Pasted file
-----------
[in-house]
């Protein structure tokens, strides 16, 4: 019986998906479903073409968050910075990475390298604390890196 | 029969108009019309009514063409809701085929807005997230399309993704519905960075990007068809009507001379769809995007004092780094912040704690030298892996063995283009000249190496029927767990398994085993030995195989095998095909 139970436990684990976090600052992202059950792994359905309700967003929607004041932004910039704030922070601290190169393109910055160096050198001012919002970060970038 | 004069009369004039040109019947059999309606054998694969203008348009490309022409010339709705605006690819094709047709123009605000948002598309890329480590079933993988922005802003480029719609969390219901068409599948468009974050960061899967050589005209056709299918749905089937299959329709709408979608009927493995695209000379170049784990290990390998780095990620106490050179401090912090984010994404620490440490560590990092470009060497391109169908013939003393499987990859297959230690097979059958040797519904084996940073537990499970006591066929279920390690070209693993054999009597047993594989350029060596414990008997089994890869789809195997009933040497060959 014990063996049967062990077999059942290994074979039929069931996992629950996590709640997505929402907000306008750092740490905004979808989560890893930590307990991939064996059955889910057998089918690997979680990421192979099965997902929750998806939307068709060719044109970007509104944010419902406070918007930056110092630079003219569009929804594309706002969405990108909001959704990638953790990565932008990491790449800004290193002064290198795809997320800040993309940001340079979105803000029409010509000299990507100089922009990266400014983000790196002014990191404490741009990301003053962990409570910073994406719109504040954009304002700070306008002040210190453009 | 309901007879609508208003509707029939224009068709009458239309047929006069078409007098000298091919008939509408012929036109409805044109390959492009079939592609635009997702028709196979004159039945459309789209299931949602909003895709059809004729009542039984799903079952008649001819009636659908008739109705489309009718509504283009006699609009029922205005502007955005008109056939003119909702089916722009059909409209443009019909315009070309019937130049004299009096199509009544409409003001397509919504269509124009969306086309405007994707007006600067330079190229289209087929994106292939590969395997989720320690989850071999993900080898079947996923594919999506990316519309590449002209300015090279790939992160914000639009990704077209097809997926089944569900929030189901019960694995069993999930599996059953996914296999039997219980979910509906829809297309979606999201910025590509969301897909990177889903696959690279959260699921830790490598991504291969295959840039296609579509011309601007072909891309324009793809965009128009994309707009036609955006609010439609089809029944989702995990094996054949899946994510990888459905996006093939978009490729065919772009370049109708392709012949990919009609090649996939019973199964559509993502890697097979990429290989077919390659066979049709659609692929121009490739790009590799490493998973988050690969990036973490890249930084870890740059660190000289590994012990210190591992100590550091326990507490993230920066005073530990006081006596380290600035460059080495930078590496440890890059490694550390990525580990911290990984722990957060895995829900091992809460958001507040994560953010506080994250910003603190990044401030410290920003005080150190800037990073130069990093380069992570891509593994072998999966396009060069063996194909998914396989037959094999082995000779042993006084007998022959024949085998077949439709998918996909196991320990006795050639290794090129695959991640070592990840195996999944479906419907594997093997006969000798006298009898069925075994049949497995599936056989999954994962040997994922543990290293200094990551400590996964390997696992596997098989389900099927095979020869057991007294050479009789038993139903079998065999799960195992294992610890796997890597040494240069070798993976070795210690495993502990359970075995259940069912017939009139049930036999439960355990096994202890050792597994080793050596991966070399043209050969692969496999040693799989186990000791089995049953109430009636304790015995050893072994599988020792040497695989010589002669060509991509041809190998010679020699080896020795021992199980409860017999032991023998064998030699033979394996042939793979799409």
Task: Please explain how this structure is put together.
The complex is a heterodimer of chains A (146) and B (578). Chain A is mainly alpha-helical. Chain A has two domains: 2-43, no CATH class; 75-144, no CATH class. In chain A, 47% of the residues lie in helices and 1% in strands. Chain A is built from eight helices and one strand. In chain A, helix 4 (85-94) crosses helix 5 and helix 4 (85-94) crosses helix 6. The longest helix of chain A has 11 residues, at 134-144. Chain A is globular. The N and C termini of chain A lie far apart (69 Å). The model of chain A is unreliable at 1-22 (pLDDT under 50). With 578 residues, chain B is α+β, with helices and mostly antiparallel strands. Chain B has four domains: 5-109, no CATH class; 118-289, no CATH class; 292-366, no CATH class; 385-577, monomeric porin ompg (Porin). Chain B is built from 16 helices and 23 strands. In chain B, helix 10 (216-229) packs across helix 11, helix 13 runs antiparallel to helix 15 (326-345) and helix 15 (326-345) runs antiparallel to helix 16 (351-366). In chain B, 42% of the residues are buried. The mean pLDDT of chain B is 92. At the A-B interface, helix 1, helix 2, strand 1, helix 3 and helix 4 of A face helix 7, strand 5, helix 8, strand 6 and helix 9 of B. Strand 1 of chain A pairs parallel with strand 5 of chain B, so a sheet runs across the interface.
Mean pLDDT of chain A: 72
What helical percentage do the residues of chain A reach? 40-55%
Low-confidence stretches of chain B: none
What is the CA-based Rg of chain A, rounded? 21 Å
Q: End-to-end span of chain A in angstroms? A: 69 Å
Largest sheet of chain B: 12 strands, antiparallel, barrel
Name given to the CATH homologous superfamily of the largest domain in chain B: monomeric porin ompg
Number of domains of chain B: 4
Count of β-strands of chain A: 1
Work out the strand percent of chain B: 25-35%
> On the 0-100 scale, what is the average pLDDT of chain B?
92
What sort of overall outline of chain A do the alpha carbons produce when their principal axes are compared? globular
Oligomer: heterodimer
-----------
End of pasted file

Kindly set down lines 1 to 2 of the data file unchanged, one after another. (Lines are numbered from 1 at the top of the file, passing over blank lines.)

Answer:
[in-house]
């Protein structure tokens, strides 16, 4: 019986998906479903073409968050910075990475390298604390890196 | 029969108009019309009514063409809701085929807005997230399309993704519905960075990007068809009507001379769809995007004092780094912040704690030298892996063995283009000249190496029927767990398994085993030995195989095998095909 139970436990684990976090600052992202059950792994359905309700967003929607004041932004910039704030922070601290190169393109910055160096050198001012919002970060970038 | 004069009369004039040109019947059999309606054998694969203008348009490309022409010339709705605006690819094709047709123009605000948002598309890329480590079933993988922005802003480029719609969390219901068409599948468009974050960061899967050589005209056709299918749905089937299959329709709408979608009927493995695209000379170049784990290990390998780095990620106490050179401090912090984010994404620490440490560590990092470009060497391109169908013939003393499987990859297959230690097979059958040797519904084996940073537990499970006591066929279920390690070209693993054999009597047993594989350029060596414990008997089994890869789809195997009933040497060959 014990063996049967062990077999059942290994074979039929069931996992629950996590709640997505929402907000306008750092740490905004979808989560890893930590307990991939064996059955889910057998089918690997979680990421192979099965997902929750998806939307068709060719044109970007509104944010419902406070918007930056110092630079003219569009929804594309706002969405990108909001959704990638953790990565932008990491790449800004290193002064290198795809997320800040993309940001340079979105803000029409010509000299990507100089922009990266400014983000790196002014990191404490741009990301003053962990409570910073994406719109504040954009304002700070306008002040210190453009 | 309901007879609508208003509707029939224009068709009458239309047929006069078409007098000298091919008939509408012929036109409805044109390959492009079939592609635009997702028709196979004159039945459309789209299931949602909003895709059809004729009542039984799903079952008649001819009636659908008739109705489309009718509504283009006699609009029922205005502007955005008109056939003119909702089916722009059909409209443009019909315009070309019937130049004299009096199509009544409409003001397509919504269509124009969306086309405007994707007006600067330079190229289209087929994106292939590969395997989720320690989850071999993900080898079947996923594919999506990316519309590449002209300015090279790939992160914000639009990704077209097809997926089944569900929030189901019960694995069993999930599996059953996914296999039997219980979910509906829809297309979606999201910025590509969301897909990177889903696959690279959260699921830790490598991504291969295959840039296609579509011309601007072909891309324009793809965009128009994309707009036609955006609010439609089809029944989702995990094996054949899946994510990888459905996006093939978009490729065919772009370049109708392709012949990919009609090649996939019973199964559509993502890697097979990429290989077919390659066979049709659609692929121009490739790009590799490493998973988050690969990036973490890249930084870890740059660190000289590994012990210190591992100590550091326990507490993230920066005073530990006081006596380290600035460059080495930078590496440890890059490694550390990525580990911290990984722990957060895995829900091992809460958001507040994560953010506080994250910003603190990044401030410290920003005080150190800037990073130069990093380069992570891509593994072998999966396009060069063996194909998914396989037959094999082995000779042993006084007998022959024949085998077949439709998918996909196991320990006795050639290794090129695959991640070592990840195996999944479906419907594997093997006969000798006298009898069925075994049949497995599936056989999954994962040997994922543990290293200094990551400590996964390997696992596997098989389900099927095979020869057991007294050479009789038993139903079998065999799960195992294992610890796997890597040494240069070798993976070795210690495993502990359970075995259940069912017939009139049930036999439960355990096994202890050792597994080793050596991966070399043209050969692969496999040693799989186990000791089995049953109430009636304790015995050893072994599988020792040497695989010589002669060509991509041809190998010679020699080896020795021992199980409860017999032991023998064998030699033979394996042939793979799409």